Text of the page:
Marines Under Investigation After Autistic Man Allowed to Enlist

austism marine

Joshua Fry's career as a Marine never should have been.

Now his recruiter and other military personnel who pushed the autistic 20-year-old through boot camp could face criminal charges.

Fry, who has a history of being abused and neglected and has a criminal record, is sitting in a cell at Camp Pendleton on disciplinary charges as the military investigates why a Marine recruiter picked Fry up from a California group home for the mentally disabled and drove him to a recruitment center to sign him up.

"An investigation into the circumstances of Private Fry's accession in the Corps, could lead to subsequent administrative or criminal proceedings against those directly involved, if warranted, " a high-ranking Marine based at the Pentagon told ABCNews.com.

The Marine, who is familiar with the Fry case, requested not to be identified, but said the Marines are prepared to hold accountable anyone who may have acted improperly during Fry's time with the military.

"The American people rightfully expect a lot of their Marine Corps," he said. "If there is a perception that something is afoul, we will aggressively root out the truth."

Experts say the case of Joshua Fry, who will face court marial on July 20 on charges of possessing child pornography and unauthorized absences, highlights a disconcerting trend of the military accepting candidates that never would have been considered a few years earlier as the forces struggle to supply the manpower for the continuing wars in Iraq and Afghanistan.

"It's hard work being a recruiter anyway," said Beth Asch, a senior economist at Rand Corporation, the Santa Monica, Calif.-based non-profit think tank. "And when you're not a successful one, it's an issue."

Asch, who is working on a study relating to recruiter impropriety and fraudulent enlistment, said failure to meet recruiting quotas, called "goals" or "missions" by the military, can result in recruiters working weekends and late hours and coming under the glare of a disapproving supervisor which, in the military, can be "demoralizing."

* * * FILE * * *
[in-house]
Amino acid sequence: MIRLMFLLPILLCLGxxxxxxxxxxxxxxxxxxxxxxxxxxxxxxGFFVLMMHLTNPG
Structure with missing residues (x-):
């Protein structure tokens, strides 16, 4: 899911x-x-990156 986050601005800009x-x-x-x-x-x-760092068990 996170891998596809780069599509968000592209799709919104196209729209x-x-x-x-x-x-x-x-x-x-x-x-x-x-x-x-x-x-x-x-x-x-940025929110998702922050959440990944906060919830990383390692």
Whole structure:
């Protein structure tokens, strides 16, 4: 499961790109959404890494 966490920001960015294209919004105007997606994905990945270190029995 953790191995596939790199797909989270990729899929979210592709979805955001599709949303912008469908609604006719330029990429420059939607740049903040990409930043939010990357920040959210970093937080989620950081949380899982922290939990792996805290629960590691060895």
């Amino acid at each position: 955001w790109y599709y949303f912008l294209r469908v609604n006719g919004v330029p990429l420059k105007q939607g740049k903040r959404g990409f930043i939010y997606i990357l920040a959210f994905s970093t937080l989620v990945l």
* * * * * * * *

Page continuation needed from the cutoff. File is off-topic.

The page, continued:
If recruiters miss a quota, she said, "life sucks."

U.S. Rep. Loretta Sanchez, D-Calif., a 13-year member of the Military Personnel Subcommittee, told ABCNews.com that she had heard of the Fry case and that it might be worth a House investigation.

"I'd say that was a pretty desperate recruiter," she said.

Sanchez said it's typically the Army, not the Marines, that have had significant problems meeting beits recruiting numbers since about two years after the wars began. But now, as the Army begins its pullout in Iraq, more Marines are being called to quell rising tensons in Afghanistan.

"We certainly have put a closer look on the recruiting tactics of the recruiters during this time," Sanchez said.

As the wars drag on, Asch agreed, more soldiers, sailors and Marines are being admitted into the military service with medical and character flaws that can run the gamut from disqualifying surgeries to felonies.

"It's harder to make missions and quality has declined," Asch said.

Sanchez said her subcommittee has recommended stricter guidelines for the recruiters and set aside funds for bigger incentive bonuses to attract higher quality recruits.

Both Sanchez and Asch said the recession has actually played a helpful role in the business of recruiting, attracting well-educated yet unemployed men and women to the military.

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